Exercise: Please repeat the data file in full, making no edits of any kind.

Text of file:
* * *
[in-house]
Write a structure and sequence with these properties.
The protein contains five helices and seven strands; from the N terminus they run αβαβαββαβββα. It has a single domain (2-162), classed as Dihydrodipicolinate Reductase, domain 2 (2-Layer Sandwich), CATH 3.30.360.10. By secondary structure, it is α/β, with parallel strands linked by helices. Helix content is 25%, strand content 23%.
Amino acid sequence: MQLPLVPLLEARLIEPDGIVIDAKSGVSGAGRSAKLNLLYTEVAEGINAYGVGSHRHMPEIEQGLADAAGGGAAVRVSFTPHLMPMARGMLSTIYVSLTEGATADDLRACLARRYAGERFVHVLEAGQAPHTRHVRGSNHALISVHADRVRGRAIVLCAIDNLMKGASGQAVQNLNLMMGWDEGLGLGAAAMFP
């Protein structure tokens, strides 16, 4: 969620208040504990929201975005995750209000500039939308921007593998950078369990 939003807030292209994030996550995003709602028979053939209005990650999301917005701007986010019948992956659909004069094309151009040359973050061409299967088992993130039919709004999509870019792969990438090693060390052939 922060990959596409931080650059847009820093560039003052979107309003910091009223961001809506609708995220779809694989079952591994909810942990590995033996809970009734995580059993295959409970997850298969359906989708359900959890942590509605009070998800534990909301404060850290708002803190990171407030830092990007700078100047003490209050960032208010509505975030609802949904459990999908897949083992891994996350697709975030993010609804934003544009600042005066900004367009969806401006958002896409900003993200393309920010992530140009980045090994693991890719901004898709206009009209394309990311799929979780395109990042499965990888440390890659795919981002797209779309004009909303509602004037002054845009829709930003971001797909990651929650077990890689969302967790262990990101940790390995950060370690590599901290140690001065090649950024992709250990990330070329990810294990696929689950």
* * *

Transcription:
[in-house]
Write a structure and sequence with these properties.
The protein contains five helices and seven strands; from the N terminus they run αβαβαββαβββα. It has a single domain (2-162), classed as Dihydrodipicolinate Reductase, domain 2 (2-Layer Sandwich), CATH 3.30.360.10. By secondary structure, it is α/β, with parallel strands linked by helices. Helix content is 25%, strand content 23%.
Amino acid sequence: MQLPLVPLLEARLIEPDGIVIDAKSGVSGAGRSAKLNLLYTEVAEGINAYGVGSHRHMPEIEQGLADAAGGGAAVRVSFTPHLMPMARGMLSTIYVSLTEGATADDLRACLARRYAGERFVHVLEAGQAPHTRHVRGSNHALISVHADRVRGRAIVLCAIDNLMKGASGQAVQNLNLMMGWDEGLGLGAAAMFP
């Protein structure tokens, strides 16, 4: 969620208040504990929201975005995750209000500039939308921007593998950078369990 939003807030292209994030996550995003709602028979053939209005990650999301917005701007986010019948992956659909004069094309151009040359973050061409299967088992993130039919709004999509870019792969990438090693060390052939 922060990959596409931080650059847009820093560039003052979107309003910091009223961001809506609708995220779809694989079952591994909810942990590995033996809970009734995580059993295959409970997850298969359906989708359900959890942590509605009070998800534990909301404060850290708002803190990171407030830092990007700078100047003490209050960032208010509505975030609802949904459990999908897949083992891994996350697709975030993010609804934003544009600042005066900004367009969806401006958002896409900003993200393309920010992530140009980045090994693991890719901004898709206009009209394309990311799929979780395109990042499965990888440390890659795919981002797209779309004009909303509602004037002054845009829709930003971001797909990651929650077990890689969302967790262990990101940790390995950060370690590599901290140690001065090649950024992709250990990330070329990810294990696929689950």